Andrew Barney Cook (3 April 1836 – 19 November 1902)

Andrew Barney Cook was the fourth child of Asa Barrett Cook and Elizabeth Winifred Ivey.  He authored his own brief biography in an 1889 publication.1



Andrew B. Cook, merchant, farmer, and founder of Cookville, Texas, was born in Macon, Georgia, April 3, 1836……Andrew B. Cook came to Texas in 1851, began farming, and continued in this vocation until 1862 when he enlisted in the Confederate army, and served until the surrender in Mississippi, Georgia, Alabama, and Tennessee.  At Oakland, Mississippi, a rifle-ball struck him in the shoulder, but notwithstanding the wound he afterward took part in many severe battles, such as those at Franklin, Holly Springs, Iuka, Lumpkin’s Mills, Murfreesboro, Nashville, Vicksburg and many other places.  He was twice captured; first at Franklin, Tennessee, and held eighteen days, and again near Pilot Point, Georgia and kept prisoner eight and one half months.  In 1867 Mr. Cook embarked in mercantile business at the little town of his own founding – Cookville, on the St. Louis, Arkansas & Texas Railway – but still continues farming, and now owns about one thousand acres of fine land, four hundred of which he has under cultivation, raising various or mixed crops.The marriage of Mr. Cook took place November 20, 1856, to Sarah G., daughter of Seaborn Rountree, a native of South Carolina.  Twelve children have been born to this union, and eleven named as follows…and one that died unnamed.  Mr. Cook is a consistent member of the Primitive Baptist church, and a good and useful citizen.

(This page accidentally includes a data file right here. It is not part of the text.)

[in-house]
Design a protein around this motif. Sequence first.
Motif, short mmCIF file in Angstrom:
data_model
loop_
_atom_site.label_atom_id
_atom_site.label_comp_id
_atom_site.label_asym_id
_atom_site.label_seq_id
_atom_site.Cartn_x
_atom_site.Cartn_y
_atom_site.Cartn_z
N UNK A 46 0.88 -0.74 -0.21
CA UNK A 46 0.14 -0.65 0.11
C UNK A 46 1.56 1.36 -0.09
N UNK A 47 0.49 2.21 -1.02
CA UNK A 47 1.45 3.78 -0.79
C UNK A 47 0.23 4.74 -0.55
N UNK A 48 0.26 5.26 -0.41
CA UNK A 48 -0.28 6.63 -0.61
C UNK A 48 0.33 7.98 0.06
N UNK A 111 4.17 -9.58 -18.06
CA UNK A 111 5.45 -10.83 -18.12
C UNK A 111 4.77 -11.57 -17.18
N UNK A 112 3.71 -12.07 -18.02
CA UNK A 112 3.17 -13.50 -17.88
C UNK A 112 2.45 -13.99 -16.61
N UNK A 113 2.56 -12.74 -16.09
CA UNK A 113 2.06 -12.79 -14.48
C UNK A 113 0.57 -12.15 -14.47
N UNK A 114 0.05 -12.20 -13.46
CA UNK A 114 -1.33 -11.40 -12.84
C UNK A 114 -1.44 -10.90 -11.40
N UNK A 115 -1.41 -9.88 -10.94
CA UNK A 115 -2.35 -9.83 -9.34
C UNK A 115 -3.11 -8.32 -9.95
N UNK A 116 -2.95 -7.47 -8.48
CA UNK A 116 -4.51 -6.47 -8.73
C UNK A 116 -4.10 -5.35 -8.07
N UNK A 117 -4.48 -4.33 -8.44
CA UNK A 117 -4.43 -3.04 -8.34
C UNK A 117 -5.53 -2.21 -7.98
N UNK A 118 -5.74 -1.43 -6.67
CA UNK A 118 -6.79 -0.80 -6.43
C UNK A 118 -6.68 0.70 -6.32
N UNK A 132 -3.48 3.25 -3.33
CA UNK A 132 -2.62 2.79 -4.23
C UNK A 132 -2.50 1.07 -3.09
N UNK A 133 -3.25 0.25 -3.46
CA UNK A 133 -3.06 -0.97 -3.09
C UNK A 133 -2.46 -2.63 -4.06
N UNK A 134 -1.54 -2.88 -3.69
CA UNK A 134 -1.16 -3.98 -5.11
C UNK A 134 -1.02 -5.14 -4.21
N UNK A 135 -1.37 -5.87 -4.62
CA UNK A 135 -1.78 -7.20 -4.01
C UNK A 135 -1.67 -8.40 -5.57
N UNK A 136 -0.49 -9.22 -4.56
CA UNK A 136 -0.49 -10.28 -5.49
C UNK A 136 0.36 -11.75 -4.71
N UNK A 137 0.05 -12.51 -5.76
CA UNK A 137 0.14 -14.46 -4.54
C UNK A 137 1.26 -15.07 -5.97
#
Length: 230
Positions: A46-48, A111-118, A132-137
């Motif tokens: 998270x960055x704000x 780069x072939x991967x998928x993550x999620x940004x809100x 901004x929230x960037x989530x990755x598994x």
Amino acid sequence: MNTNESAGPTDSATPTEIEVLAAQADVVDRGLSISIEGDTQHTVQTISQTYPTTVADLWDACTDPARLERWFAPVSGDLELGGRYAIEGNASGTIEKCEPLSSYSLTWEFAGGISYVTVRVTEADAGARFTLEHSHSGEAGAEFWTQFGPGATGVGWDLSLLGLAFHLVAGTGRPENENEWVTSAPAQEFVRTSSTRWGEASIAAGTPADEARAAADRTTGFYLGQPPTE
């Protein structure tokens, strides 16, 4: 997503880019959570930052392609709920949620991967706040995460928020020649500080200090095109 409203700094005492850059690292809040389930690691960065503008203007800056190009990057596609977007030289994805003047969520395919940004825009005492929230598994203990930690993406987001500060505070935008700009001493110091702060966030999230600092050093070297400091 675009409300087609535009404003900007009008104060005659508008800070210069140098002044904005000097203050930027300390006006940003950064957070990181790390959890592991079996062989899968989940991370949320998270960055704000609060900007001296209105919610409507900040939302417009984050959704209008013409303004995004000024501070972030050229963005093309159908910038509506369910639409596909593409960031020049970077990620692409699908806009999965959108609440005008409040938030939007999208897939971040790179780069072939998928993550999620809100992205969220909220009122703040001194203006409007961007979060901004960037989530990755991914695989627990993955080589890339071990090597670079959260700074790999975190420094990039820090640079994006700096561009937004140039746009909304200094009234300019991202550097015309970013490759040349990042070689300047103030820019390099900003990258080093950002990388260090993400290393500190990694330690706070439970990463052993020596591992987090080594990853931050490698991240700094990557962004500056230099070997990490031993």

This is the only record I’ve seen of the date of his marriage to Sarah Gray Rountree, daughter of Seaborn J. Rountree and Elizabeth Rogers, although the fact of the marriage is repeated in the records of Seaborn Rountree’s family.

The remainder of the article, quoted earlier in the Asa Barrett Cook paper, contributed by his son, Rueben Cook, to the History of Titus County  generally repeats the same material:2